Column: Ambiguity is a double-edged sword
The BEC’s vaguely written infraction section could come with repercussions.
Feb. 16, 2016
The opinions expressed by The Maneater columnists do not represent the opinions of The Maneater editorial board.
Last Wednesday during full Senate, the Missouri Students Association unanimously passed the Special Election BEC Handbook. Since the new handbook has intentional vagueness to reduce loopholes and opportunities for cheating, it will require more trust in the BEC’s performance.
The Board of Elections Commissioners was faced with many issues during the last MSA election in regards to the slates’ misconduct. Once the Gomez/Hanner slate resigned as a result of screenshots showing they would have been disqualified prior to being elected, it was clear that a handbook reform was needed in order to make the upcoming special election more fair. So a new handbook was written and passed with any prior ambiguity removed and replaced with stricter outlines such as the definition of obstruction and the definition of a slate.
The new handbook also addressed the infraction section, which is partly to blame for the success Gomez/Hanner had before the truth arose, by purposely writing it with ambiguity. For example, the old handbook had a major and minor infraction system that gave room for slates to violate the handbook but still continue the race, but the new handbook erased the major and minor infractions, and now all infractions are simply infractions. This means that the BEC has the final ruling on what disciplinary action will be taken for infractions on a case to case basis.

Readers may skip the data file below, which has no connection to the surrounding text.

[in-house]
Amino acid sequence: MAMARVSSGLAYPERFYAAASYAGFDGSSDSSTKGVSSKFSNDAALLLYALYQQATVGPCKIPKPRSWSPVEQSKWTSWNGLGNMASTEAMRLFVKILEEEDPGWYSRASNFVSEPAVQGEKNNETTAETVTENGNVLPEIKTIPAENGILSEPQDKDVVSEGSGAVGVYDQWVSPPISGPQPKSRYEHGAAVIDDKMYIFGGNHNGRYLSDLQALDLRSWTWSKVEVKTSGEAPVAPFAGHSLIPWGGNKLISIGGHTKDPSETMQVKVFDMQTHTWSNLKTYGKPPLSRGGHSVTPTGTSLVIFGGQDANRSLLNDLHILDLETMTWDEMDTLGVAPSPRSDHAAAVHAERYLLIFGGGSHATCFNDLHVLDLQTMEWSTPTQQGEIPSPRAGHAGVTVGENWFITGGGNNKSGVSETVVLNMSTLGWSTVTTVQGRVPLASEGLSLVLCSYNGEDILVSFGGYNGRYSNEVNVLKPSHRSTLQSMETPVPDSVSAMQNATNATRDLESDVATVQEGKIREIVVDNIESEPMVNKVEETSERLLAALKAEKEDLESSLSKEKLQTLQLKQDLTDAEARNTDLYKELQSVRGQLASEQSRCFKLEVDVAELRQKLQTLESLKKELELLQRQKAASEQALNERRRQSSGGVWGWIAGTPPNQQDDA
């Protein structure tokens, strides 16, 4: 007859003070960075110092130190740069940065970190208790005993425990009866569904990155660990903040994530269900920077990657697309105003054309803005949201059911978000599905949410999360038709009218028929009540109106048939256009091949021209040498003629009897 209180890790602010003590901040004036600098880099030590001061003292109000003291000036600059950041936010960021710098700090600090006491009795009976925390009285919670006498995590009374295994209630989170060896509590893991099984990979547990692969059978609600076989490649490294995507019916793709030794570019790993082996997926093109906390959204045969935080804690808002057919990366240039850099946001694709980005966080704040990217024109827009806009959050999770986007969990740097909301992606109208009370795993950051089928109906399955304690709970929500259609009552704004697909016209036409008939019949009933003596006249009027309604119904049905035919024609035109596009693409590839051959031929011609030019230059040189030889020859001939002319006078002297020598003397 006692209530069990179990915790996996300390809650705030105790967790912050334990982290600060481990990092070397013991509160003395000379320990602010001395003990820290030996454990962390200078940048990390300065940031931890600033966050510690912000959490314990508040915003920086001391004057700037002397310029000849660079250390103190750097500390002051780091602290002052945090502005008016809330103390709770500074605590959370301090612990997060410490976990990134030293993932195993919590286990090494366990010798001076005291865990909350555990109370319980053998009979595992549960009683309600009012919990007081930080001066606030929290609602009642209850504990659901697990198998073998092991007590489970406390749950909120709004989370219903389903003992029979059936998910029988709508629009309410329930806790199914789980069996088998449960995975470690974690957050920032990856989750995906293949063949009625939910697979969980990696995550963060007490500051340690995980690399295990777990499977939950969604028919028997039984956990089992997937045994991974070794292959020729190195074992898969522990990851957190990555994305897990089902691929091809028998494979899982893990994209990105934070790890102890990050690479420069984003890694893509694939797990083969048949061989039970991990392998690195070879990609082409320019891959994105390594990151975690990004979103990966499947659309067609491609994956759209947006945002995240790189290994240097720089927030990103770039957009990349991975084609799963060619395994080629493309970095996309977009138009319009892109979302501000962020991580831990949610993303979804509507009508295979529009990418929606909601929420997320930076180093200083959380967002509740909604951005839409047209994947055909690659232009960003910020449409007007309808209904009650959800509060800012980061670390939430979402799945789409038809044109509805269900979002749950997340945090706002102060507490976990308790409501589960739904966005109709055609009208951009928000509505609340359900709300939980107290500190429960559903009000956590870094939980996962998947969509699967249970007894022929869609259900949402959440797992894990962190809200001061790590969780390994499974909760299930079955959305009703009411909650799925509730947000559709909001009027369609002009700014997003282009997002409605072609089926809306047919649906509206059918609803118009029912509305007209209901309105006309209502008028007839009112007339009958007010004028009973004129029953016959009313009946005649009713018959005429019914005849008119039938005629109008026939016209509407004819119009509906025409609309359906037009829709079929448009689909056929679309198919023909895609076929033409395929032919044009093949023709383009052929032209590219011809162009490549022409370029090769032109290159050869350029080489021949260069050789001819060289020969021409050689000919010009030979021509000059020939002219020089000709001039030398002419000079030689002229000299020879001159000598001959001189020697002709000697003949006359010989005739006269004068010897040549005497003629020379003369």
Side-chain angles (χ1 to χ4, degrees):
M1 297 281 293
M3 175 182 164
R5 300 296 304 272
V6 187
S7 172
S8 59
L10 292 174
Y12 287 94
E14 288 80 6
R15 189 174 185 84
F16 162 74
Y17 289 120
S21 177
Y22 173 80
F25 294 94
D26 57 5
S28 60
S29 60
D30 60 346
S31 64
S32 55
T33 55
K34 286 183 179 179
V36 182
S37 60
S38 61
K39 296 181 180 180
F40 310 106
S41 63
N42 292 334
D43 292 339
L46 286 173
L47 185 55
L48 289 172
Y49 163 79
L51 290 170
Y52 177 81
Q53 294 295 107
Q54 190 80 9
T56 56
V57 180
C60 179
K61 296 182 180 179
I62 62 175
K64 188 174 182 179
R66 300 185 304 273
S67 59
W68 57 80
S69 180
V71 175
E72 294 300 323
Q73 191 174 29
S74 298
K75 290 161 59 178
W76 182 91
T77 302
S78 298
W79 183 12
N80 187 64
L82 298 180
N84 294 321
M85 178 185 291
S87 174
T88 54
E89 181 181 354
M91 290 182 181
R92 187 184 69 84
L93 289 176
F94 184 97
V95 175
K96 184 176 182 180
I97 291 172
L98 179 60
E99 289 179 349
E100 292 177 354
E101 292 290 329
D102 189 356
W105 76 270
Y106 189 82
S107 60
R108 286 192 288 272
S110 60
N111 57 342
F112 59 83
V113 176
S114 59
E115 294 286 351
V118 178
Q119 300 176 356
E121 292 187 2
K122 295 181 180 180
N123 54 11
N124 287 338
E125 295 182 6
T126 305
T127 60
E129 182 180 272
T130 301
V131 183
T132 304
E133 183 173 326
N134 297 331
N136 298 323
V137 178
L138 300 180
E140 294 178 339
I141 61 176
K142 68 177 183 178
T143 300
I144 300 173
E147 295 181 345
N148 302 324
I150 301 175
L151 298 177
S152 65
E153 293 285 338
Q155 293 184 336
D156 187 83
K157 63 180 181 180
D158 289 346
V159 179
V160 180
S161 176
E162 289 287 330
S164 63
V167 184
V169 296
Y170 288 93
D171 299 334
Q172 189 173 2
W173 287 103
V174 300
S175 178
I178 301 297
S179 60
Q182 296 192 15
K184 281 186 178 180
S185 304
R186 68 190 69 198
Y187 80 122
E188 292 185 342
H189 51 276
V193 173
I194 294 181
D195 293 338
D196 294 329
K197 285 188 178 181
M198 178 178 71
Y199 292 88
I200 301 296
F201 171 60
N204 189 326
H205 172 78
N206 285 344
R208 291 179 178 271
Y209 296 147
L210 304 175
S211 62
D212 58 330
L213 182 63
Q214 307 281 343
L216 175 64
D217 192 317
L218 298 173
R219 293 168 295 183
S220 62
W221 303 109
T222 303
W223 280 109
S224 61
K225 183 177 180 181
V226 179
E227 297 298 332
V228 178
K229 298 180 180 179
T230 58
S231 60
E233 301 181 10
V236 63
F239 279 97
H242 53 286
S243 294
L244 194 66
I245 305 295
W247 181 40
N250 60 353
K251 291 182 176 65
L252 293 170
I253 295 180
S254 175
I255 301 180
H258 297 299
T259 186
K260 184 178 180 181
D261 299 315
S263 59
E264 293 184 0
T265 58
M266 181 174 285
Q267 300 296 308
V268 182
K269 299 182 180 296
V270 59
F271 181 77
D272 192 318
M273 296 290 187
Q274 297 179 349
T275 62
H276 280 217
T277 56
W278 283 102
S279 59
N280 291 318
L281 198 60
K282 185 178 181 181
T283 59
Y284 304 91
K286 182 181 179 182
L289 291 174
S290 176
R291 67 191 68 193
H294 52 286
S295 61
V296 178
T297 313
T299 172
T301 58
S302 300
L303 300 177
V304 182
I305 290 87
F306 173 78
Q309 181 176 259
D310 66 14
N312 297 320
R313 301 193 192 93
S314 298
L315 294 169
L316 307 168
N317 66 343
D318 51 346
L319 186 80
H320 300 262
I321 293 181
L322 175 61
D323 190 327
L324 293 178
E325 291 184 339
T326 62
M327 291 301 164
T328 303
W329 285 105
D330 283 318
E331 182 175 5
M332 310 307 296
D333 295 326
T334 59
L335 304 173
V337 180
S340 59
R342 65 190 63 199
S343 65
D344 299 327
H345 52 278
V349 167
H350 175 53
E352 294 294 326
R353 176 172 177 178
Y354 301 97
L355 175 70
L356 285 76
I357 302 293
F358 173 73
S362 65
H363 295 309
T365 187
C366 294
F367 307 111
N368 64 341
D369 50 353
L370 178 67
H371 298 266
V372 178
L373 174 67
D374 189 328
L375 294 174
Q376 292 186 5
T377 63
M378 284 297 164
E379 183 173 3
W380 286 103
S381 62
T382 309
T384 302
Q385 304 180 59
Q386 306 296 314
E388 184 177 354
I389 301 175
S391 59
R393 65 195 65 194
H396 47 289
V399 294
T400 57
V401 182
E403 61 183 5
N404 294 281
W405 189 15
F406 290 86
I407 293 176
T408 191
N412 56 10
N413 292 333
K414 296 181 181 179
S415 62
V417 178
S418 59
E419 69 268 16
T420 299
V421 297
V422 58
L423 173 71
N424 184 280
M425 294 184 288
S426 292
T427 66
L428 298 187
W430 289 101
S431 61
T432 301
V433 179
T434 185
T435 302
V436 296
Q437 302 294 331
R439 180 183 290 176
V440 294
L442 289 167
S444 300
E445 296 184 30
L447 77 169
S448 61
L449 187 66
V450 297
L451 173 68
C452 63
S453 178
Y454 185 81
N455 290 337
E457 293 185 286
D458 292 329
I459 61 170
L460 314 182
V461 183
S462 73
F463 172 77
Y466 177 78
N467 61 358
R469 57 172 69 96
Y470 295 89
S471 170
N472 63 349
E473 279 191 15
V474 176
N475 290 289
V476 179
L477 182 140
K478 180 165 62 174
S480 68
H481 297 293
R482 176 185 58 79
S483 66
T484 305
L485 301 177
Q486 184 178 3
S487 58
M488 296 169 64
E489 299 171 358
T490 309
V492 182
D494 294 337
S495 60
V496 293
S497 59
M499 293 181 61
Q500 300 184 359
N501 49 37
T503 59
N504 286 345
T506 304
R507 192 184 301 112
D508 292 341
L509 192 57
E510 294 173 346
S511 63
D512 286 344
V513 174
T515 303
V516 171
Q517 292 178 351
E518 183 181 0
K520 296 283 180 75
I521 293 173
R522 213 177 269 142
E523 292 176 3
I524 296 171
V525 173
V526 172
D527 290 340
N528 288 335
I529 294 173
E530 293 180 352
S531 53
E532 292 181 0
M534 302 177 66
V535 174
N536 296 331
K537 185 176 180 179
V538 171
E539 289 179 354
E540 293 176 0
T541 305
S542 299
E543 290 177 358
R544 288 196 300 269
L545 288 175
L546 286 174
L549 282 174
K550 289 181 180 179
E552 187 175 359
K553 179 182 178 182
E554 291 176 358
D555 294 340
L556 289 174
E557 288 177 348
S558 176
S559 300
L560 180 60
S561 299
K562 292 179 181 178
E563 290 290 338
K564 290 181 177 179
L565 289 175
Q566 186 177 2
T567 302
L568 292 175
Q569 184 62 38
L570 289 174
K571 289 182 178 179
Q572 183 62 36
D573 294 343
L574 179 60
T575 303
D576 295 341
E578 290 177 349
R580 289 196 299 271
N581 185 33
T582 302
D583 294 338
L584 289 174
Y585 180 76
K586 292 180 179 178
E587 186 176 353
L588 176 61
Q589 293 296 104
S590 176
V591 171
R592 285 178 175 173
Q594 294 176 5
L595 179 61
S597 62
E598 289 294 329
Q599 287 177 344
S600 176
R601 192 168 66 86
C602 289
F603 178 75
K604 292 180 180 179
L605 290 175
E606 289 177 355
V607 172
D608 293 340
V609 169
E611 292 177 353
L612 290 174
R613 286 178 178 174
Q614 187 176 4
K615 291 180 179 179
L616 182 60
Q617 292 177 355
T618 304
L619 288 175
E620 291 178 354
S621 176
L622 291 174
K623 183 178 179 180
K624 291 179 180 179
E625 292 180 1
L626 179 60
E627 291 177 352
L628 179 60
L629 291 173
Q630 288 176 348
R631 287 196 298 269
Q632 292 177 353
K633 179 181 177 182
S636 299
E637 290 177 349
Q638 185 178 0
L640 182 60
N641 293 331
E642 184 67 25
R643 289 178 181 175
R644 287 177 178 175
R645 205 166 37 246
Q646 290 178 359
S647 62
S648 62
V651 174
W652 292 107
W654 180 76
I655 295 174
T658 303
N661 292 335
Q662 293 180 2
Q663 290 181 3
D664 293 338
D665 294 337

When thinking about the issues that MU had because of the Gomez/Hanner slate, this new infraction system seems well done, and it is. However, more trust and power is being put in the BEC, and as an intelligent, well-informed student body, we must question how this shift in power will affect us.
We must not allow the solution to former mistakes become our future difficulties. Although the BEC will have the power to stop cheating slates from gaining misplaced success before the point Gomez/Hanner reached, will the BEC use that power to the best of its ability? The BEC still made basic guidelines for how to respond to the first few infractions of a slate despite the immediacy of its ability to remove any slate for any reasonable suspicion of misconduct. The idea that the BEC still has an attitude that allows looking past a few infractions and has the privilege of ambiguity worries me.
MSA wanted a solution for the loopholes Gomez/Hanner found, so the BEC responded with more freedom for itself to handle misconduct appropriately, which is a feasible solution at this time. However, there may come a time when the BEC will not be giving proper penalties for the severity of the infractions they rule on, and it will be perfectly okay since there is no strict distinction between what penalties will be given to certain infractions. The new handbook has gifted the BEC with the chance to under or over penalize.
The ambiguity of the new handbook may be a temporary solution, but in the long-term, it has the ability to become an issue where the BEC will not have proper precaution against infractions, and the MU student government will find itself in the same situation yet again.